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I have a pojo , in which I have defined the hashcode method myself that is..

 public int hashCode()
     {       
     return name.hashCode()+job.hashCode()+salary;       

 }

But since I am using eclipse IDE , it also provide my automatically generated hashcode which is..

     @Override
public int hashCode() {
    final int prime = 31;
    int result = 1;
    result = prime * result + ((job == null) ? 0 : job.hashCode());
    result = prime * result + ((name == null) ? 0 : name.hashCode());
    result = prime * result + salary;
    return result;
}

Now my query is that what's the differnce between the two, which one implemenatation is better..! My complete pojo is...

enter codepackage CollectionsPrac;

public class Employee {

 String name,job;
 int salary;


 public Employee(String n , String j, int t )
 {
     this.name= n;
     this.job=j;
     this.salary= t;         
 }


 @Override
public int hashCode() {
    final int prime = 31;
    int result = 1;
    result = prime * result + ((job == null) ? 0 : job.hashCode());
    result = prime * result + ((name == null) ? 0 : name.hashCode());
    result = prime * result + salary;
    return result;
}


 /*@Override
public boolean equals(Object obj) {
    if (this == obj)
        return true;
    if (obj == null)
        return false;
    if (getClass() != obj.getClass())
        return false;
    Employee other = (Employee) obj;
    if (job == null) {
        if (other.job != null)
            return false;
    } else if (!job.equals(other.job))
        return false;
    if (name == null) {
        if (other.name != null)
            return false;
    } else if (!name.equals(other.name))
        return false;
    if (salary != other.salary)
        return false;
    return true;
}
 */

/* @Override
 public int hashCode()
     {       
     return name.hashCode()+job.hashCode()+salary;       

 }*/

 @Override
    public boolean equals(Object obj) {  
     if (this == obj)  
    {  
        return true;   
    }  
    // make sure o can be cast to this class  
    if (obj == null || obj.getClass() != getClass())  
    {  
        // cannot cast  
        return false;  
    }           

     Employee e = (Employee) obj;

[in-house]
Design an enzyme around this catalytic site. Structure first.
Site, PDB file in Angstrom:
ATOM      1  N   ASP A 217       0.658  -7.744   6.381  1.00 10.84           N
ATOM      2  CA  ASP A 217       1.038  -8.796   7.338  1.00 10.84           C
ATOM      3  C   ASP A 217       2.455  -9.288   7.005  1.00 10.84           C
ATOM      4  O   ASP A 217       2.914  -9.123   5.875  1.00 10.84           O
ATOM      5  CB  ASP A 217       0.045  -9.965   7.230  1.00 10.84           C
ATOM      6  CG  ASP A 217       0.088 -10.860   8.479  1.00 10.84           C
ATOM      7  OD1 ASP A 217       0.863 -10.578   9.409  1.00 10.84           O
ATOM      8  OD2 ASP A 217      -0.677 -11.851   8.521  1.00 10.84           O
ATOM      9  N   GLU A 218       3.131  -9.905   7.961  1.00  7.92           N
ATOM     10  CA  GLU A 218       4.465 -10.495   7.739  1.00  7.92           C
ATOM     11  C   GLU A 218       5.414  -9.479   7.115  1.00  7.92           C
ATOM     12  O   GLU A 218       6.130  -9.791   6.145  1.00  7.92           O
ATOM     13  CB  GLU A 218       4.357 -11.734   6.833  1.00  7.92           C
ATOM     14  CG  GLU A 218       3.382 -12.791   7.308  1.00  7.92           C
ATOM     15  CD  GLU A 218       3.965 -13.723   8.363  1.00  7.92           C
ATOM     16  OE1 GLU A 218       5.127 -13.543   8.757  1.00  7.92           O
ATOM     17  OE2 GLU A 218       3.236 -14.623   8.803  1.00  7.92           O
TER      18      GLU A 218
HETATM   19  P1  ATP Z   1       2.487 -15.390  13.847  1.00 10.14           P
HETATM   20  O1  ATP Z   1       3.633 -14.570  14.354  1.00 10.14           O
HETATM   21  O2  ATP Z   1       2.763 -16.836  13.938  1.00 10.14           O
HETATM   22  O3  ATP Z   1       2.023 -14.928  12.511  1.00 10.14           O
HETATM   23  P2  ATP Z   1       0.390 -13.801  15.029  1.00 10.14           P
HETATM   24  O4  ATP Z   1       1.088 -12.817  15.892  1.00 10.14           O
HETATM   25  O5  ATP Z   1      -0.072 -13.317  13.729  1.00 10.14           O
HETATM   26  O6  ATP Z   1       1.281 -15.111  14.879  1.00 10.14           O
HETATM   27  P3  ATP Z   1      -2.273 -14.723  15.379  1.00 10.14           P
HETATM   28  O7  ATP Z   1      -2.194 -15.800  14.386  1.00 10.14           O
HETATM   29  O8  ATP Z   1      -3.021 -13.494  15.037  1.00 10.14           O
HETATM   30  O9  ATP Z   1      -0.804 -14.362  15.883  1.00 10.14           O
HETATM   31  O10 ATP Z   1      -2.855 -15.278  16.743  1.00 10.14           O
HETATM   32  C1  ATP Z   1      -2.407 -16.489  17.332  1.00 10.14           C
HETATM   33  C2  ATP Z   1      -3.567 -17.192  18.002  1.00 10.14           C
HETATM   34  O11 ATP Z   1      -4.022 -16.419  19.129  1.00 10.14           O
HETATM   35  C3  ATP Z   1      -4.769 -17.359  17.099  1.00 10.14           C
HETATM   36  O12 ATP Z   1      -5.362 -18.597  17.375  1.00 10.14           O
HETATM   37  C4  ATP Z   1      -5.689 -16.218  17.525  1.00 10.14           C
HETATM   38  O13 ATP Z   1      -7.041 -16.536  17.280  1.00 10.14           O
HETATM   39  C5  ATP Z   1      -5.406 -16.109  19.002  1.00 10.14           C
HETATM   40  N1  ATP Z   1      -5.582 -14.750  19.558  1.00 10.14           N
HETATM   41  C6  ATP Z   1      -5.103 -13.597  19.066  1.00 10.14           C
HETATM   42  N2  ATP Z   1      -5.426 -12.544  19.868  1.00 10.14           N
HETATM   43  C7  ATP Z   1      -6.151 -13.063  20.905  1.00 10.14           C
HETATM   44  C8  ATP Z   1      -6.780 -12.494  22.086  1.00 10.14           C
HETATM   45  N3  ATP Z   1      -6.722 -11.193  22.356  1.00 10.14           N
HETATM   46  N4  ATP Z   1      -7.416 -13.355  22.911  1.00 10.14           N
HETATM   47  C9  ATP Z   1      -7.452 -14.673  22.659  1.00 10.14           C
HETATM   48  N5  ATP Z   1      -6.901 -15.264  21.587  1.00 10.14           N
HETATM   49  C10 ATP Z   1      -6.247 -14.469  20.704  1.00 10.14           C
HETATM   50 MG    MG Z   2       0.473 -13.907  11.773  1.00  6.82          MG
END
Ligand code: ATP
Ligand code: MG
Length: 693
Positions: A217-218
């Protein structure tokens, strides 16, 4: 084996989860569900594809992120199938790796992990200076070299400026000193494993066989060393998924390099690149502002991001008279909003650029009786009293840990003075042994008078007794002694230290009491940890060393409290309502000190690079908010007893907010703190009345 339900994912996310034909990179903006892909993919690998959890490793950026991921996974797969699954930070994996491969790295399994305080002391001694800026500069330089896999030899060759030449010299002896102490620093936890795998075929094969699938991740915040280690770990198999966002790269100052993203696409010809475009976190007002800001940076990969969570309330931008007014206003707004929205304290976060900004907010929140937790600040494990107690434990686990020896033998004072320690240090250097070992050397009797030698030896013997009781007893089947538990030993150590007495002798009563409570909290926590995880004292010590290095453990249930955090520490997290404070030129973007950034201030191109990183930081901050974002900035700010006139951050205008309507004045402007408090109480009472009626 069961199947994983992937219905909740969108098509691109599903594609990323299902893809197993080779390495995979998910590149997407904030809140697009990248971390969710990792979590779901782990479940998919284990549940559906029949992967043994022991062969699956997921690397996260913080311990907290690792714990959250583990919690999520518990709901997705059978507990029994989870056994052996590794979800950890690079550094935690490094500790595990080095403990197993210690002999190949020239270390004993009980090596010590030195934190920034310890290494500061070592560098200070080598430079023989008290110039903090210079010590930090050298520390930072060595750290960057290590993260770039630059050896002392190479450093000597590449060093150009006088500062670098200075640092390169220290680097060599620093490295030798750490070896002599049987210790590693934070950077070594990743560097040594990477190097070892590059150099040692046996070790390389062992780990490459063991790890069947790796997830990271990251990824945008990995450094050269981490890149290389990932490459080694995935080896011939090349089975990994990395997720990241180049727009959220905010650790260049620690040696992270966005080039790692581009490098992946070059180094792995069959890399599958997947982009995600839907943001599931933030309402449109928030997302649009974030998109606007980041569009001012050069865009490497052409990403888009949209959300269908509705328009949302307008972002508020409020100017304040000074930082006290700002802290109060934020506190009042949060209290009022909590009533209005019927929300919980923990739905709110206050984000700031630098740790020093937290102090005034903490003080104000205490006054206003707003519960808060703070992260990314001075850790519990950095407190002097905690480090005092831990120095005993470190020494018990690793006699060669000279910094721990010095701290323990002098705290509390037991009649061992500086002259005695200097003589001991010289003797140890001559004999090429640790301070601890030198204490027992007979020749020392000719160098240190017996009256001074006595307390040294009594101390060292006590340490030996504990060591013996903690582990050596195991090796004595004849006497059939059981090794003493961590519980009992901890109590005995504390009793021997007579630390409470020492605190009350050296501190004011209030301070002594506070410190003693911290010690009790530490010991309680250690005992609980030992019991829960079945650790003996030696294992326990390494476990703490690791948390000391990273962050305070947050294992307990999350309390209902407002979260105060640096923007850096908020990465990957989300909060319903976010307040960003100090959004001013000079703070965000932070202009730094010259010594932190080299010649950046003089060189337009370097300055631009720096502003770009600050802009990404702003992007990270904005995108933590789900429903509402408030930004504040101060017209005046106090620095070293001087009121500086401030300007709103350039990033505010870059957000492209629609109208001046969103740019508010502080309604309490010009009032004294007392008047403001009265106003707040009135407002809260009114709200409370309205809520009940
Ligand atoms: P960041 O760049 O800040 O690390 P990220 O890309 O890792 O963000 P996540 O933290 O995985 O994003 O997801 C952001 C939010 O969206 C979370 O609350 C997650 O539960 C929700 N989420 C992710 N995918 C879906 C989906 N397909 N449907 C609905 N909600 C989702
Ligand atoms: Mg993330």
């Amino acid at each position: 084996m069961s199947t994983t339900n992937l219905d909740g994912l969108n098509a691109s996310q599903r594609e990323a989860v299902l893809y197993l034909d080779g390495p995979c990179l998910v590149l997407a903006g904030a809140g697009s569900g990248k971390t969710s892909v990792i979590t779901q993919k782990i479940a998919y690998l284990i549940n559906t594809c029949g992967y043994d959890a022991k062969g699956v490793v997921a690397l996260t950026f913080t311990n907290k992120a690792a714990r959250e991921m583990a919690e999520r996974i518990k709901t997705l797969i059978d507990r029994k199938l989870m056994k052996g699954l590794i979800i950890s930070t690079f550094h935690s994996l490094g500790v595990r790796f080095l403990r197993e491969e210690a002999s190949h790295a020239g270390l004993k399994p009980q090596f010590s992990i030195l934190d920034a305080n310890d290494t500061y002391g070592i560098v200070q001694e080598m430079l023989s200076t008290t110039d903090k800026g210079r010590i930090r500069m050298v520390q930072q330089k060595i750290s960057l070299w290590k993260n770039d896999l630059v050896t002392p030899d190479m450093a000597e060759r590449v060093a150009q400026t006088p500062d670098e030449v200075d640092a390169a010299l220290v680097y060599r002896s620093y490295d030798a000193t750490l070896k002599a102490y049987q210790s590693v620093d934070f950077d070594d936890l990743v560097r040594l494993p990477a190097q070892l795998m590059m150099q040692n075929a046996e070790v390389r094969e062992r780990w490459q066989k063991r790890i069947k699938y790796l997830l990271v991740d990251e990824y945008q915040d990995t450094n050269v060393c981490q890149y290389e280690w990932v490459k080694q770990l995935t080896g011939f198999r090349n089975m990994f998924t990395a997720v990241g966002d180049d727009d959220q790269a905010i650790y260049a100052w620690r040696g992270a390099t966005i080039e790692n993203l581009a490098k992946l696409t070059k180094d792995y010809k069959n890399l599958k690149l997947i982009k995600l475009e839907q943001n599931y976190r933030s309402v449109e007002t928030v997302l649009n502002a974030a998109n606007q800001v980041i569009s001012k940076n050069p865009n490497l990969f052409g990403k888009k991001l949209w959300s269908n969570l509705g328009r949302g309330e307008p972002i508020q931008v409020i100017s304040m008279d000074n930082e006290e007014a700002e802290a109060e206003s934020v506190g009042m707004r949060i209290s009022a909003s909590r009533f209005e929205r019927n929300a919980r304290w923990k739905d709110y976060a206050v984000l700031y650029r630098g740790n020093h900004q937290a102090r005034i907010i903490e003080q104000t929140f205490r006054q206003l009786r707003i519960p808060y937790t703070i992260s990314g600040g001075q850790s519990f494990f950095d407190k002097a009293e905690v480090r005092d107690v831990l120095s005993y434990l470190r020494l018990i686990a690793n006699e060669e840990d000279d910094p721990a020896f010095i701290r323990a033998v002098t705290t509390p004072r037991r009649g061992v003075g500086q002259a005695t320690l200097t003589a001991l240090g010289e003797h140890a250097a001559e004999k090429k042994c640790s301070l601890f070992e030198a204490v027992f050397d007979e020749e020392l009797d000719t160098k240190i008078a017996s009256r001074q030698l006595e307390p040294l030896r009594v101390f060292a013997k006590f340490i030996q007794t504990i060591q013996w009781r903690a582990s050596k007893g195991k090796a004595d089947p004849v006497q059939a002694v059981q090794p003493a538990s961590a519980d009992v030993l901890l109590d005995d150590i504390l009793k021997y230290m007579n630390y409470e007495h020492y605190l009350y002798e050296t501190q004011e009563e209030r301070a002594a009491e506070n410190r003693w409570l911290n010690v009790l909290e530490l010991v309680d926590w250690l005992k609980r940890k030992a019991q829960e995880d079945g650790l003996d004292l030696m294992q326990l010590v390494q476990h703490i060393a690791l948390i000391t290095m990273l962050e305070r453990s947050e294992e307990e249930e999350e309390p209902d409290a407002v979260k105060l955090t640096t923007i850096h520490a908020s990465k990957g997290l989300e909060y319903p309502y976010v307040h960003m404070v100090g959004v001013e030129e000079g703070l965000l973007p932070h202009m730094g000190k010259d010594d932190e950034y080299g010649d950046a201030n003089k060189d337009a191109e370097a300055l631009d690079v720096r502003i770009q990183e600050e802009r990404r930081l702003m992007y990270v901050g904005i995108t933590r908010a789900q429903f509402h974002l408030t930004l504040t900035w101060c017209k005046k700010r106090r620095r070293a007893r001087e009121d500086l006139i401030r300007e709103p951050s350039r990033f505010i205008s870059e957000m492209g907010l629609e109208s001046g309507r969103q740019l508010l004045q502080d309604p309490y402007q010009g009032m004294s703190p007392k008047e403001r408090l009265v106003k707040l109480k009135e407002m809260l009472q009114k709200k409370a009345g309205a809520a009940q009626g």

return this.name.equals(e.name)&&this.job.equals(e.job)&&this.salary==e.salary;
 }

 @Override
 public String toString() {
        return name+"\t" +"\t"+  job +"\t"+ salary;
    }

} here

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2 Answers

The Eclipse-generate hashCode() is much more sensitive when it comes to small changes in your POJO. E.g. if you switch job and name values with each other, your hashCode() will return the same value (addition is commutative) while the fancy Eclipse version will return something completely different:

System.out.println(new Employee("John", "Blacksmith", 100).hashCode());
System.out.println(new Employee("Blacksmith", "John", 100).hashCode());

//your version of hashCode() produces identical result:
376076563
376076563

//Eclipse version:
-1520263300
926019626

See also

share|improve this answer
    
Hi , so please can you tell me whats wrong with my implemnentation of hashcode()..!1 –  Neera Apr 15 '12 at 18:06
1  
Your version generates many more (bad) hash collisions than Eclipse's version. –  Louis Wasserman Apr 15 '12 at 18:13
    
@user1334074: see my update. Basically it is desired that hashCode() should return different results for slightly different objects. –  Tomasz Nurkiewicz Apr 15 '12 at 18:16
    
Hi Tomasz ,Thanks a lot , so practically which hashcode() implementaion I should go, eclipse one..!! –  Neera Apr 15 '12 at 18:18
    
Hi Louis , thanks a lot...for explaining that my hashcode generates generates many more (bad) hash collisions than Eclipse's version,,could you please explain this alo in simpler terms , that will make understandings more clear..!thanks in advance –  Neera Apr 15 '12 at 18:25
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The most important difference is that your implementation will throw a NullPointerException if job or name is null.

Additionally, the method eclipse generates results in a more irregular hashcode, which in theory means there is a lower likelihood of hashtables degenerating and having poor performance, but in practice that probably won't matter since java.util.HashMap uses an auxiallary hash function to scramble the hashcode before using it.

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Hi Michael, could you please provide the correct implementation of hash code() for this class that will be a great help..!! Thanks in advance..! –  Neera Apr 15 '12 at 18:10
    
@user1334074: Why don't you just use the one generated by eclipse? –  Michael Borgwardt Apr 15 '12 at 18:13
    
Hi Miachel ,I am using that one rite Now, if you could please provide me with the hashcode() just I hve generated that will be a great help..!! –  Neera Apr 15 '12 at 18:16
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